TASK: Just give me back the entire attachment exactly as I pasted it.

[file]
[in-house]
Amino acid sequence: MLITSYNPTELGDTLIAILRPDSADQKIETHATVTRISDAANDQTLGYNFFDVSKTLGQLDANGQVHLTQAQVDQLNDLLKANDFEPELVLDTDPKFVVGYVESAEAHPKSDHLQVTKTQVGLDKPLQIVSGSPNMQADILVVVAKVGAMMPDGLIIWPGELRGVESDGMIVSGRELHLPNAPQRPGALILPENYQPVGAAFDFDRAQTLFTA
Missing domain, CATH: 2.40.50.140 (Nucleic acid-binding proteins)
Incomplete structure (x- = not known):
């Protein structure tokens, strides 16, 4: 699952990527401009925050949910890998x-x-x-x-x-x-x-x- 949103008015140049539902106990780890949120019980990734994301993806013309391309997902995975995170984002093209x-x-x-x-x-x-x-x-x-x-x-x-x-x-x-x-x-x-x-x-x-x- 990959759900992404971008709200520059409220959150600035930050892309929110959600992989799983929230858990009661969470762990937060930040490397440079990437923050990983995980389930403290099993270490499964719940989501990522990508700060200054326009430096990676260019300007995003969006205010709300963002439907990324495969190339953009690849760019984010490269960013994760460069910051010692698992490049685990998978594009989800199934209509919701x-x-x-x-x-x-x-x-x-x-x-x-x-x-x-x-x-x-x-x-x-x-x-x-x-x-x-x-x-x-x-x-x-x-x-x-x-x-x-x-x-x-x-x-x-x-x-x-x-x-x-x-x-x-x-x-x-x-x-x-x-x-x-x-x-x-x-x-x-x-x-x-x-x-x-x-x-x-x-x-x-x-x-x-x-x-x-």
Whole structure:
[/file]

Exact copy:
[in-house]
Amino acid sequence: MLITSYNPTELGDTLIAILRPDSADQKIETHATVTRISDAANDQTLGYNFFDVSKTLGQLDANGQVHLTQAQVDQLNDLLKANDFEPELVLDTDPKFVVGYVESAEAHPKSDHLQVTKTQVGLDKPLQIVSGSPNMQADILVVVAKVGAMMPDGLIIWPGELRGVESDGMIVSGRELHLPNAPQRPGALILPENYQPVGAAFDFDRAQTLFTA
Missing domain, CATH: 2.40.50.140 (Nucleic acid-binding proteins)
Incomplete structure (x- = not known):
């Protein structure tokens, strides 16, 4: 699952990527401009925050949910890998x-x-x-x-x-x-x-x- 949103008015140049539902106990780890949120019980990734994301993806013309391309997902995975995170984002093209x-x-x-x-x-x-x-x-x-x-x-x-x-x-x-x-x-x-x-x-x-x- 990959759900992404971008709200520059409220959150600035930050892309929110959600992989799983929230858990009661969470762990937060930040490397440079990437923050990983995980389930403290099993270490499964719940989501990522990508700060200054326009430096990676260019300007995003969006205010709300963002439907990324495969190339953009690849760019984010490269960013994760460069910051010692698992490049685990998978594009989800199934209509919701x-x-x-x-x-x-x-x-x-x-x-x-x-x-x-x-x-x-x-x-x-x-x-x-x-x-x-x-x-x-x-x-x-x-x-x-x-x-x-x-x-x-x-x-x-x-x-x-x-x-x-x-x-x-x-x-x-x-x-x-x-x-x-x-x-x-x-x-x-x-x-x-x-x-x-x-x-x-x-x-x-x-x-x-x-x-x-």
Whole structure: